There are a number of factors to pay attention to if you are trying to determine if your trees are healthy or if they are on their way out. Take note of the following key indicators and Southeastern Growers assures you that your understanding of trees and the ecosystem that is located in your own private yard will expand tremendously.
Leader Of The Pack
Most trees, especially ones that are regularly used in landscaping, have one central trunk (the “central leader”). Trees should be pruned so the central leader can provide the entire tree with strength and stability. Failing to do this may cause the tree to split.
New growth should occur on both the trunk and branches of a healthy tree. You can measure annual growth by noting the distance between this year’s current buds and the scars from last year’s buds. Average growth varies depending on the tree, so a little research is necessary.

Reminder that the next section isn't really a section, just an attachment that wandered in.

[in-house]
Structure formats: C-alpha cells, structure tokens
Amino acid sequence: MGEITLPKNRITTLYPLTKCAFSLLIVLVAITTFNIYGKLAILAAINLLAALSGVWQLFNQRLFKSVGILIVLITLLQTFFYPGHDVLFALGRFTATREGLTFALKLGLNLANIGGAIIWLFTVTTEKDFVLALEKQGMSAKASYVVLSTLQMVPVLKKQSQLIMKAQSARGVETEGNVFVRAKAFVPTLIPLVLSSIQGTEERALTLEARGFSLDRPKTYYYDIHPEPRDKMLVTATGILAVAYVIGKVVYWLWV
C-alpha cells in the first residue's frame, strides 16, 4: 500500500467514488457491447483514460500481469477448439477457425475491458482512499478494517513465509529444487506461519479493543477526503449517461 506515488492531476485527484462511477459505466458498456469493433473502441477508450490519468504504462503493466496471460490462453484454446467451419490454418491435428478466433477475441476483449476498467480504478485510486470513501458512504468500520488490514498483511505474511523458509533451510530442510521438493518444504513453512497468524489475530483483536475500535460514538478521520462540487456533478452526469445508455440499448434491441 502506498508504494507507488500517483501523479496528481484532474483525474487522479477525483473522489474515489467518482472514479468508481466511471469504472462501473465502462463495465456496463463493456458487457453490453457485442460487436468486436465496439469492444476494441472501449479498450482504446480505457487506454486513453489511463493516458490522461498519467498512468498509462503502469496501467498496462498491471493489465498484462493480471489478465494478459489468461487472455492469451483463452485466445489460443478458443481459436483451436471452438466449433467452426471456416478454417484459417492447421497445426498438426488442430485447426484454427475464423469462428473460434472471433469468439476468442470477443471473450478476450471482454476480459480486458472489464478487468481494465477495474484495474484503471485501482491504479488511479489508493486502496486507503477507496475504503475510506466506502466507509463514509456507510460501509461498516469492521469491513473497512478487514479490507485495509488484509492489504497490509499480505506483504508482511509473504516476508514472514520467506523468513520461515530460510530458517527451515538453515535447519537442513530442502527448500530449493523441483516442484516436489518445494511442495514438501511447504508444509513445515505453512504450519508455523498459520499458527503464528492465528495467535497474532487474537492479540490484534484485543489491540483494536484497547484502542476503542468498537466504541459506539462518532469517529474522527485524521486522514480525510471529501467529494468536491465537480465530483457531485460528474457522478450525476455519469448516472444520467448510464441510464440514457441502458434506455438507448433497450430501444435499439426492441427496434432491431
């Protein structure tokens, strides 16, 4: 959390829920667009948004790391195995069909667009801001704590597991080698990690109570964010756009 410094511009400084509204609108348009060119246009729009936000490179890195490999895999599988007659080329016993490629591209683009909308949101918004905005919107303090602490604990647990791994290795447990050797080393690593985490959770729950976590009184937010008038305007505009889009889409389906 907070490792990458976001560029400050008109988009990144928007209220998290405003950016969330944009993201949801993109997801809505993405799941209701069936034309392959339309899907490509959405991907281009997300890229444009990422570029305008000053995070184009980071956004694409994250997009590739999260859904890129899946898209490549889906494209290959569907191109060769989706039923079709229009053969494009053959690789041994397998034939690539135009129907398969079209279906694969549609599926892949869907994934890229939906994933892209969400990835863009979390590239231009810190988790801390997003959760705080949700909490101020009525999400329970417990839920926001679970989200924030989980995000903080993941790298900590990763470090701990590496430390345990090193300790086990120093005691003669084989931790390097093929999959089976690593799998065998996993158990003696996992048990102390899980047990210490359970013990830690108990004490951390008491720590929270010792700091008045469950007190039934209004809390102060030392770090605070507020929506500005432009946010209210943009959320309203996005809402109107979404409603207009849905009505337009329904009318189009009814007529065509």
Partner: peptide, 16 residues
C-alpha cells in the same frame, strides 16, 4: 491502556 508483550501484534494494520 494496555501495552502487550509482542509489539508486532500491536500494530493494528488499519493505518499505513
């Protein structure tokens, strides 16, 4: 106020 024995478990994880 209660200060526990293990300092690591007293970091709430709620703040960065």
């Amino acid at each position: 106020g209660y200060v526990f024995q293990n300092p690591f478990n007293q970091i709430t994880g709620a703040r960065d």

As soon as you notice dead or broken branches, they should be pruned away. If you do not do this, insects and diseases are more likely to infest the tree and cause irreparable damage. You can tell a branch is dead if you scrape it with your fingernail and the exposed bark is dry, brown, and brittle. A healthy branch would show green underneath. Also, a healthy branch is supple and can bend easily. If you can easily snap the branch, it is dead.
Typically, bark should not be loose or peeling off of the trunk of your tree (with the exception of some trees like birches, eucalyptus, and maples). Also, fungi should not be growing on the tree. When using tools and gardening equipment around trees, be careful as to not leave any wounds in the trunk where insects and diseases will attack. There should also be no large cracks or holes anywhere.